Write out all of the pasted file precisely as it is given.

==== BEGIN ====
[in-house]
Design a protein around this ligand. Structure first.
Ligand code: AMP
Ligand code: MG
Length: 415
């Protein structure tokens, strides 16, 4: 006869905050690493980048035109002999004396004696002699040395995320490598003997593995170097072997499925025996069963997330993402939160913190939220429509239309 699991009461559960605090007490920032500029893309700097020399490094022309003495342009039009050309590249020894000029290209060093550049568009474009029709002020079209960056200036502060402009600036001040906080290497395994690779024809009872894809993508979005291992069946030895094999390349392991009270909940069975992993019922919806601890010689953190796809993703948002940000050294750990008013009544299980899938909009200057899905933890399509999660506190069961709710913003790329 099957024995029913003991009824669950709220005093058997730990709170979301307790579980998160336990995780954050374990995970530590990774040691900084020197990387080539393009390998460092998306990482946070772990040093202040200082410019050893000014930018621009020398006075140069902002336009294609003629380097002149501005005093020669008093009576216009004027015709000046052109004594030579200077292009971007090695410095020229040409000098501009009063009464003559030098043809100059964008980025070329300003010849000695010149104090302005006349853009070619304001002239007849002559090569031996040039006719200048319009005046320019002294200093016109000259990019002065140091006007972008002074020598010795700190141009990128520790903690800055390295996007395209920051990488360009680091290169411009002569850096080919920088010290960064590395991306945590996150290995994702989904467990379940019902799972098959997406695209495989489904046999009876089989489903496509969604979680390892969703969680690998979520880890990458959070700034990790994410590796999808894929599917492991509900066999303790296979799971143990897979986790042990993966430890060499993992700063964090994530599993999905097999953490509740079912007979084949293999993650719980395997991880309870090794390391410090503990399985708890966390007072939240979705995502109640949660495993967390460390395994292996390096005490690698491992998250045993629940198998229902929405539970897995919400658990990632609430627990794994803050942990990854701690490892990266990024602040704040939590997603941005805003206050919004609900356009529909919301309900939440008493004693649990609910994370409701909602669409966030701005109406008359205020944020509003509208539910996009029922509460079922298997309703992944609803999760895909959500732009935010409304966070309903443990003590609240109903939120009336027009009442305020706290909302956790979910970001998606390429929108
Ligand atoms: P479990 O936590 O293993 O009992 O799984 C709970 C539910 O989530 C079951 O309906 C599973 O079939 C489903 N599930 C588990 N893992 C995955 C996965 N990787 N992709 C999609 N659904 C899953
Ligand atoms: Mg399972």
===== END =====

[in-house]
Design a protein around this ligand. Structure first.
Ligand code: AMP
Ligand code: MG
Length: 415
């Protein structure tokens, strides 16, 4: 006869905050690493980048035109002999004396004696002699040395995320490598003997593995170097072997499925025996069963997330993402939160913190939220429509239309 699991009461559960605090007490920032500029893309700097020399490094022309003495342009039009050309590249020894000029290209060093550049568009474009029709002020079209960056200036502060402009600036001040906080290497395994690779024809009872894809993508979005291992069946030895094999390349392991009270909940069975992993019922919806601890010689953190796809993703948002940000050294750990008013009544299980899938909009200057899905933890399509999660506190069961709710913003790329 099957024995029913003991009824669950709220005093058997730990709170979301307790579980998160336990995780954050374990995970530590990774040691900084020197990387080539393009390998460092998306990482946070772990040093202040200082410019050893000014930018621009020398006075140069902002336009294609003629380097002149501005005093020669008093009576216009004027015709000046052109004594030579200077292009971007090695410095020229040409000098501009009063009464003559030098043809100059964008980025070329300003010849000695010149104090302005006349853009070619304001002239007849002559090569031996040039006719200048319009005046320019002294200093016109000259990019002065140091006007972008002074020598010795700190141009990128520790903690800055390295996007395209920051990488360009680091290169411009002569850096080919920088010290960064590395991306945590996150290995994702989904467990379940019902799972098959997406695209495989489904046999009876089989489903496509969604979680390892969703969680690998979520880890990458959070700034990790994410590796999808894929599917492991509900066999303790296979799971143990897979986790042990993966430890060499993992700063964090994530599993999905097999953490509740079912007979084949293999993650719980395997991880309870090794390391410090503990399985708890966390007072939240979705995502109640949660495993967390460390395994292996390096005490690698491992998250045993629940198998229902929405539970897995919400658990990632609430627990794994803050942990990854701690490892990266990024602040704040939590997603941005805003206050919004609900356009529909919301309900939440008493004693649990609910994370409701909602669409966030701005109406008359205020944020509003509208539910996009029922509460079922298997309703992944609803999760895909959500732009935010409304966070309903443990003590609240109903939120009336027009009442305020706290909302956790979910970001998606390429929108
Ligand atoms: P479990 O936590 O293993 O009992 O799984 C709970 C539910 O989530 C079951 O309906 C599973 O079939 C489903 N599930 C588990 N893992 C995955 C996965 N990787 N992709 C999609 N659904 C899953
Ligand atoms: Mg399972």